A weeklong series of ideas for improving urban life.
Snarled in traffic, wrecked by delays, packed with Black Friday–esque crowds, New York City airports are not especially user-friendly. Vice-President Joe Biden famously quipped that La Guardia feels like “it’s in some third world country.’” (Now Governor Cuomo says a $4 billion renovation is coming to LGA by 2021. Meanwhile, JFK is getting a pet terminal with a large animal departure lounge and pet massage therapy — finally.)
Daily Intelligencer reached out to airline pilot and Cockpit Confidential author Patrick Smith for his suggestions for how to hack the New York airports. There are the classic tricks: Check in exactly 24 hours before your flight to get a good seat; go on the airline’s website to find out if you have outlets and Wi-Fi on your plane; use a mobile boarding pass; go left at TSA because most people go right; don’t bother taking liquids out of your carry-on; keep your laptop in an easily accessible place; bring a backup charger; pick up friends at departures instead of arrivals; and wear socks to avoid contracting foot fungus from the metal detector.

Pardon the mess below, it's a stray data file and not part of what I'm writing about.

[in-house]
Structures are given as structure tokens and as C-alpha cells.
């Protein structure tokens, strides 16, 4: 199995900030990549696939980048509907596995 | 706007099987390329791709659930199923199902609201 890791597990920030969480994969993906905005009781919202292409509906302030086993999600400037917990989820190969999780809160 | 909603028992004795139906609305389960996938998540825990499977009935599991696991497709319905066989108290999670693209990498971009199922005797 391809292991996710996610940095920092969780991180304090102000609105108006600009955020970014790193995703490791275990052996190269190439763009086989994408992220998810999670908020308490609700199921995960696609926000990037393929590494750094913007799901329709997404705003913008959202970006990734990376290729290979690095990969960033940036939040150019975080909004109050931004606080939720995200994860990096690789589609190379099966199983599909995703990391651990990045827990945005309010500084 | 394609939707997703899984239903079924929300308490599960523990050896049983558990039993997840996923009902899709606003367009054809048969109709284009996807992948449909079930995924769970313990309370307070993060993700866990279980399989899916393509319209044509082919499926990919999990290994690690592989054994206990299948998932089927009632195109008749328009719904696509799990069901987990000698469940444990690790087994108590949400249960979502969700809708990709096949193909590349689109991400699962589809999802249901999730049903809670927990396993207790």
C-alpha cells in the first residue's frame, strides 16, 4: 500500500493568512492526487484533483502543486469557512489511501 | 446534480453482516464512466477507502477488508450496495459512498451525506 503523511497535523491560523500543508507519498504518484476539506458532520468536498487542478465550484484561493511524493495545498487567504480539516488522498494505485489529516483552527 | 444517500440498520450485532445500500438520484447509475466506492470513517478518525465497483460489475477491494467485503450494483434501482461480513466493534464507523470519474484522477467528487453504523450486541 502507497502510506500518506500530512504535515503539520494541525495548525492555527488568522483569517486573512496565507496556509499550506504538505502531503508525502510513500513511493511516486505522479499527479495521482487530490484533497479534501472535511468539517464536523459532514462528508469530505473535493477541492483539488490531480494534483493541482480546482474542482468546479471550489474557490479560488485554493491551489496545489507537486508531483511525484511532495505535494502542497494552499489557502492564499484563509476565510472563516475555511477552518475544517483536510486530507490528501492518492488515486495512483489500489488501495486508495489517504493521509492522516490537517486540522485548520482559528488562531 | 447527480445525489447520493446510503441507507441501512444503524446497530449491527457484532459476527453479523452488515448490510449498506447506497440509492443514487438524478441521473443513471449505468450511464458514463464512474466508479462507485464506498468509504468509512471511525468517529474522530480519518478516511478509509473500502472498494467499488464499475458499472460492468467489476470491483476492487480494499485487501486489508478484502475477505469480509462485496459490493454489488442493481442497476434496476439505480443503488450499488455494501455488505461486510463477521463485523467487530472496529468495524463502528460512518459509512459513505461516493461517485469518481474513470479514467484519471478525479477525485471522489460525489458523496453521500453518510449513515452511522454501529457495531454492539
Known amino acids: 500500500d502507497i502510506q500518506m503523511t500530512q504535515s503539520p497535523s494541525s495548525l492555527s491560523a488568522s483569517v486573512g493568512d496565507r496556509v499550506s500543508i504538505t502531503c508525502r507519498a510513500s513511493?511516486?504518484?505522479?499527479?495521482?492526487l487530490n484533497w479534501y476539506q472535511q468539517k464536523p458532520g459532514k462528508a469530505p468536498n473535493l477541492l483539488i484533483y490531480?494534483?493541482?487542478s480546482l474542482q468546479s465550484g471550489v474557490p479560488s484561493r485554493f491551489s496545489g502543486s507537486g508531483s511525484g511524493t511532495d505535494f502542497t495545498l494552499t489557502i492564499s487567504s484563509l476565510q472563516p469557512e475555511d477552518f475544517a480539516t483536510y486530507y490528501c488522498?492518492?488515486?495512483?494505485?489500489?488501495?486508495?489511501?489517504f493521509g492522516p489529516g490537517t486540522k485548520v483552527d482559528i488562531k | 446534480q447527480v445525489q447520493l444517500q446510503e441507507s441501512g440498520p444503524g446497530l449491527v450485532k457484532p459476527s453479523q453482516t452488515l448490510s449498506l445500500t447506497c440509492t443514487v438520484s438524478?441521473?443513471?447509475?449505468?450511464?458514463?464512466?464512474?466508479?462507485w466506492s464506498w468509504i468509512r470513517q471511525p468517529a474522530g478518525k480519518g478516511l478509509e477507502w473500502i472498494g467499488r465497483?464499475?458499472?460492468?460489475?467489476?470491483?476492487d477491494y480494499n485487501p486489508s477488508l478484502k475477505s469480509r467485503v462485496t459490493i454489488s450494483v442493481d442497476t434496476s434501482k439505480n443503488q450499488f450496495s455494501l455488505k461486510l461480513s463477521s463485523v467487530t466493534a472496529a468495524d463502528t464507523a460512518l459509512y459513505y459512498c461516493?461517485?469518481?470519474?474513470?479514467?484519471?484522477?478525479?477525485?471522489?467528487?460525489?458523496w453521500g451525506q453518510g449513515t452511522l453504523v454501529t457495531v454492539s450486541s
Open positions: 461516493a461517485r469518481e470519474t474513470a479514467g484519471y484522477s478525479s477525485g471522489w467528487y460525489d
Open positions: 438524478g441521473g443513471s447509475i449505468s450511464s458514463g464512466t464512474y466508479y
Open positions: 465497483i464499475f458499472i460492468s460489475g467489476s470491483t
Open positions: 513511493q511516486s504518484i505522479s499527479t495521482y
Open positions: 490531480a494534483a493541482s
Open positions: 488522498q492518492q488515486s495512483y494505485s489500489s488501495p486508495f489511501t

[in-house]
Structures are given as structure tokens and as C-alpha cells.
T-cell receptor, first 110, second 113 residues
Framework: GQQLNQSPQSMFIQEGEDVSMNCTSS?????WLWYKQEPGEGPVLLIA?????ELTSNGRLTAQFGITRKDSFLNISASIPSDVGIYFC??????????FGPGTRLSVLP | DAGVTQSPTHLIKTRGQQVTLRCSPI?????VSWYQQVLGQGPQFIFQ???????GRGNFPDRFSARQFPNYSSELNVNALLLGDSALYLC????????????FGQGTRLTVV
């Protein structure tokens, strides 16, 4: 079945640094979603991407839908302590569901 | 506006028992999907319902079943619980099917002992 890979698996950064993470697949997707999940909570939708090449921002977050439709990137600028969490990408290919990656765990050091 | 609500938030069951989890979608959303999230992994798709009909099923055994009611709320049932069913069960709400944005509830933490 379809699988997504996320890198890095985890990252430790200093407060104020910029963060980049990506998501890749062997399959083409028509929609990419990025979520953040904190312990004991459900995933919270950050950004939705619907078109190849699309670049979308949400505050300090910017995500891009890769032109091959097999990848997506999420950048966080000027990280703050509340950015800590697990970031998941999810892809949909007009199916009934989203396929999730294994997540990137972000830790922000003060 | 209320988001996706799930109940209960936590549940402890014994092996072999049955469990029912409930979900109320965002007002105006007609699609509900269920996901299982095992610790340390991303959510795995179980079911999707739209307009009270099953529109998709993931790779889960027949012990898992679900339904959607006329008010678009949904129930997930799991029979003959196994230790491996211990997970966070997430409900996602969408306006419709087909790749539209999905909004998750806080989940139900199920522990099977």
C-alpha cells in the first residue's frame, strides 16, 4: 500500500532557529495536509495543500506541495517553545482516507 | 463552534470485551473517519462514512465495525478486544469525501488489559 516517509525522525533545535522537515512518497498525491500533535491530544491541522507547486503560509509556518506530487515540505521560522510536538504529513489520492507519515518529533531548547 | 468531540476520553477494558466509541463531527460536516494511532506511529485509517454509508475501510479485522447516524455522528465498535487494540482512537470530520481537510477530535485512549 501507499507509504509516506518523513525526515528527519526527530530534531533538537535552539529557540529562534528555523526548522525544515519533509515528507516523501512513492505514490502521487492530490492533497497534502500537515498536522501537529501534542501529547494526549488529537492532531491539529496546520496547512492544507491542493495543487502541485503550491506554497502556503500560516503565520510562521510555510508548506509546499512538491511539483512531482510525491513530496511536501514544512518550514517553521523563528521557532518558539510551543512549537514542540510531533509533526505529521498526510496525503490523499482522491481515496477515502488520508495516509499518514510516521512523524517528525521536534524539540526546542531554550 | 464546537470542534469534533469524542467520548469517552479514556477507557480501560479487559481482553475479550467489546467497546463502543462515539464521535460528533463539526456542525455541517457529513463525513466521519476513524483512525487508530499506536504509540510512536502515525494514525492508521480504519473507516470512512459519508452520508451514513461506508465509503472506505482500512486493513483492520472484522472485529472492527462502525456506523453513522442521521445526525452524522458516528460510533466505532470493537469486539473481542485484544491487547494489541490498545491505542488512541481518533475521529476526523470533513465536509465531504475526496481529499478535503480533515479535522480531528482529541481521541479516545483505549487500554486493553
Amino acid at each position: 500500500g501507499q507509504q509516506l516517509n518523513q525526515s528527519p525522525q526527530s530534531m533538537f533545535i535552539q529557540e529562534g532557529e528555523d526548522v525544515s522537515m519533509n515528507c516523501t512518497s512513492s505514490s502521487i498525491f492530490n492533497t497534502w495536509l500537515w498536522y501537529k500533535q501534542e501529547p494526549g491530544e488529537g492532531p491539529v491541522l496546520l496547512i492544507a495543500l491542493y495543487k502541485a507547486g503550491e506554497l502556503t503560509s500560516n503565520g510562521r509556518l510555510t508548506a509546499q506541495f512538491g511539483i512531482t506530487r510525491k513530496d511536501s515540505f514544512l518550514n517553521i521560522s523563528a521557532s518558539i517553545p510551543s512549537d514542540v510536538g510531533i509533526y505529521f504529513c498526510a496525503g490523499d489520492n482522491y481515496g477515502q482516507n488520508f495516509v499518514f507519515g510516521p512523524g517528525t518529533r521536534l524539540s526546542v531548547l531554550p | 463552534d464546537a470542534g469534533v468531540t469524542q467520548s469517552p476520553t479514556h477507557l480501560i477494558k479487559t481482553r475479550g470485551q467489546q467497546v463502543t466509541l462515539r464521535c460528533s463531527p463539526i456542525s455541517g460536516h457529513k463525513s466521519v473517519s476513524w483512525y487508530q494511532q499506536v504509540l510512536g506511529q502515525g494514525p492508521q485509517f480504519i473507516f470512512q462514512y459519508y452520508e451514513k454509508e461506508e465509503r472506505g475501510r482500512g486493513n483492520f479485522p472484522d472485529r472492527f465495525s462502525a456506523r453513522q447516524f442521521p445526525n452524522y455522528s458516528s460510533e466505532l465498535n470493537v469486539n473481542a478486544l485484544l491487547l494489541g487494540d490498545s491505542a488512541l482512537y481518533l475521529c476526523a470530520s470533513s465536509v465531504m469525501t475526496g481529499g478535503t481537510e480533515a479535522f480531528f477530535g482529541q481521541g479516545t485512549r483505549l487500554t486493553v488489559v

But Smith suggests the ultimate travel hack is actually managing to make your airport time enjoyable. Read on for how he does that.
1. Take the Newark Airport Express for $16. You can find deals on flights from Newark, but a cab from New York tends to run around $80 — often wiping out the savings. Instead, try the Newark Airport Express, which stops at Grand Central, Bryant Park, and Port Authority, and leaves every 15 minutes. The service runs between all of the airports.
2. Let someone else move your car. If you are flying in and out of two different airports, parking company Park Plus will move your car if you fly out of JFK and into Newark, wash it, and even start it during cold months. Plus, if you are out of town for a week, it’s a good way to avoid off-side parking tickets. Rates start from $6.99 a day.
3. Global Entry, TSA Pre-Check. It can take hours to get through customs at Kennedy and Newark, but Global Entry turns the process into mere minutes. “I finally broke down and got it,” Smith says. He also swears by TSA Pre-Check. For a crowdsourced option, check out the TSA app, which offers real-time updates of security lines.
4. Fly in and out in the early afternoon. Kennedy, Newark, and La Guardia are notorious for delays, so Smith recommends picking your flight times accordingly. “I would much rather fly in and out of New York at 1:30 in the afternoon than 8:30 in the morning or 7:30 at night,” he says.
5. Stop and enjoy the art. “In Kennedy’s Terminal 4 there’s an actual Alexander Calder sculpture, and most people just walk underneath it,” Smith says of Calder’s colorful 1957 installation. “If you look at the chaos from a different perspective, little things like this help relieve the tedium.”
6. Research free Wi-Fi options. The three New York airports offer only 30 minutes of free Wi-Fi. However, IT-inclined travelers have found a way around paywalls, by disguising their computers to the networks.